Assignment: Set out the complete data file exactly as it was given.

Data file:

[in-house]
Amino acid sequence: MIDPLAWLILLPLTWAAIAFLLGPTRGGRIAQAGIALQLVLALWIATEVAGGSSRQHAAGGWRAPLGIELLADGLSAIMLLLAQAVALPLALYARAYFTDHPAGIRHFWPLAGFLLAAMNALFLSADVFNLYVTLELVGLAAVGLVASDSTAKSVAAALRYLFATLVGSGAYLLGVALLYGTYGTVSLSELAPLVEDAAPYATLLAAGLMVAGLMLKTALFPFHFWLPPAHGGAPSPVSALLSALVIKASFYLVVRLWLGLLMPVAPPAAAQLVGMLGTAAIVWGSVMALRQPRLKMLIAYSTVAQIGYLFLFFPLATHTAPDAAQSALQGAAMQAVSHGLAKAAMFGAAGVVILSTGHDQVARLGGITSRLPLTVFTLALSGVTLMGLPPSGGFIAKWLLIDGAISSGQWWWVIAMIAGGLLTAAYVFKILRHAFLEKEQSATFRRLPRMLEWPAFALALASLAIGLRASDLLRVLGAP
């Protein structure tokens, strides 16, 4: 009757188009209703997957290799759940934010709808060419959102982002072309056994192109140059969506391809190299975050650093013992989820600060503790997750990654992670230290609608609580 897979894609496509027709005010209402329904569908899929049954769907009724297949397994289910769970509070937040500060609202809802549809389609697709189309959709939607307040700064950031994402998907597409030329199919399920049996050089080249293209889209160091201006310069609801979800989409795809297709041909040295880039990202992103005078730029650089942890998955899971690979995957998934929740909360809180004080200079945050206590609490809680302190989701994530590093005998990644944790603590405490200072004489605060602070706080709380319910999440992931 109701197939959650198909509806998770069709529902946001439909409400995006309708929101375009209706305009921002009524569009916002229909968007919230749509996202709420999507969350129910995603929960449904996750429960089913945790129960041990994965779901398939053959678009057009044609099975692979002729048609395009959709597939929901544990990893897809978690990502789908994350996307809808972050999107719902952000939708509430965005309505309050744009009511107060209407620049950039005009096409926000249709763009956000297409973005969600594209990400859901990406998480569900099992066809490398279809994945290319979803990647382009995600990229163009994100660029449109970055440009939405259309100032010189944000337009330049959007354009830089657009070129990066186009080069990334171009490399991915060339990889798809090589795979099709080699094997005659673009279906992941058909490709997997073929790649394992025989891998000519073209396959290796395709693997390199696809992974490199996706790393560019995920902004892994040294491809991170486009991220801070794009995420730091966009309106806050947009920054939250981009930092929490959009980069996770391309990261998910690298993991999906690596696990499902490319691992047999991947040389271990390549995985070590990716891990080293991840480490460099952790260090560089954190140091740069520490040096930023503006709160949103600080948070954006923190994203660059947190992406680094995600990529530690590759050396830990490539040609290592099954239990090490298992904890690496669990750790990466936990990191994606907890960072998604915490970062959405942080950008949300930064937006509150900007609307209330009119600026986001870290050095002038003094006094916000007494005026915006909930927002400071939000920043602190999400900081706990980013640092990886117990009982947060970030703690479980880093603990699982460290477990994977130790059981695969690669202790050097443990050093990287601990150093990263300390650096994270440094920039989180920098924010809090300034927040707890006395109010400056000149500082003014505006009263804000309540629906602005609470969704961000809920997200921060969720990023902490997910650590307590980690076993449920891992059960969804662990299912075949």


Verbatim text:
[in-house]
Amino acid sequence: MIDPLAWLILLPLTWAAIAFLLGPTRGGRIAQAGIALQLVLALWIATEVAGGSSRQHAAGGWRAPLGIELLADGLSAIMLLLAQAVALPLALYARAYFTDHPAGIRHFWPLAGFLLAAMNALFLSADVFNLYVTLELVGLAAVGLVASDSTAKSVAAALRYLFATLVGSGAYLLGVALLYGTYGTVSLSELAPLVEDAAPYATLLAAGLMVAGLMLKTALFPFHFWLPPAHGGAPSPVSALLSALVIKASFYLVVRLWLGLLMPVAPPAAAQLVGMLGTAAIVWGSVMALRQPRLKMLIAYSTVAQIGYLFLFFPLATHTAPDAAQSALQGAAMQAVSHGLAKAAMFGAAGVVILSTGHDQVARLGGITSRLPLTVFTLALSGVTLMGLPPSGGFIAKWLLIDGAISSGQWWWVIAMIAGGLLTAAYVFKILRHAFLEKEQSATFRRLPRMLEWPAFALALASLAIGLRASDLLRVLGAP
């Protein structure tokens, strides 16, 4: 009757188009209703997957290799759940934010709808060419959102982002072309056994192109140059969506391809190299975050650093013992989820600060503790997750990654992670230290609608609580 897979894609496509027709005010209402329904569908899929049954769907009724297949397994289910769970509070937040500060609202809802549809389609697709189309959709939607307040700064950031994402998907597409030329199919399920049996050089080249293209889209160091201006310069609801979800989409795809297709041909040295880039990202992103005078730029650089942890998955899971690979995957998934929740909360809180004080200079945050206590609490809680302190989701994530590093005998990644944790603590405490200072004489605060602070706080709380319910999440992931 109701197939959650198909509806998770069709529902946001439909409400995006309708929101375009209706305009921002009524569009916002229909968007919230749509996202709420999507969350129910995603929960449904996750429960089913945790129960041990994965779901398939053959678009057009044609099975692979002729048609395009959709597939929901544990990893897809978690990502789908994350996307809808972050999107719902952000939708509430965005309505309050744009009511107060209407620049950039005009096409926000249709763009956000297409973005969600594209990400859901990406998480569900099992066809490398279809994945290319979803990647382009995600990229163009994100660029449109970055440009939405259309100032010189944000337009330049959007354009830089657009070129990066186009080069990334171009490399991915060339990889798809090589795979099709080699094997005659673009279906992941058909490709997997073929790649394992025989891998000519073209396959290796395709693997390199696809992974490199996706790393560019995920902004892994040294491809991170486009991220801070794009995420730091966009309106806050947009920054939250981009930092929490959009980069996770391309990261998910690298993991999906690596696990499902490319691992047999991947040389271990390549995985070590990716891990080293991840480490460099952790260090560089954190140091740069520490040096930023503006709160949103600080948070954006923190994203660059947190992406680094995600990529530690590759050396830990490539040609290592099954239990090490298992904890690496669990750790990466936990990191994606907890960072998604915490970062959405942080950008949300930064937006509150900007609307209330009119600026986001870290050095002038003094006094916000007494005026915006909930927002400071939000920043602190999400900081706990980013640092990886117990009982947060970030703690479980880093603990699982460290477990994977130790059981695969690669202790050097443990050093990287601990150093990263300390650096994270440094920039989180920098924010809090300034927040707890006395109010400056000149500082003014505006009263804000309540629906602005609470969704961000809920997200921060969720990023902490997910650590307590980690076993449920891992059960969804662990299912075949």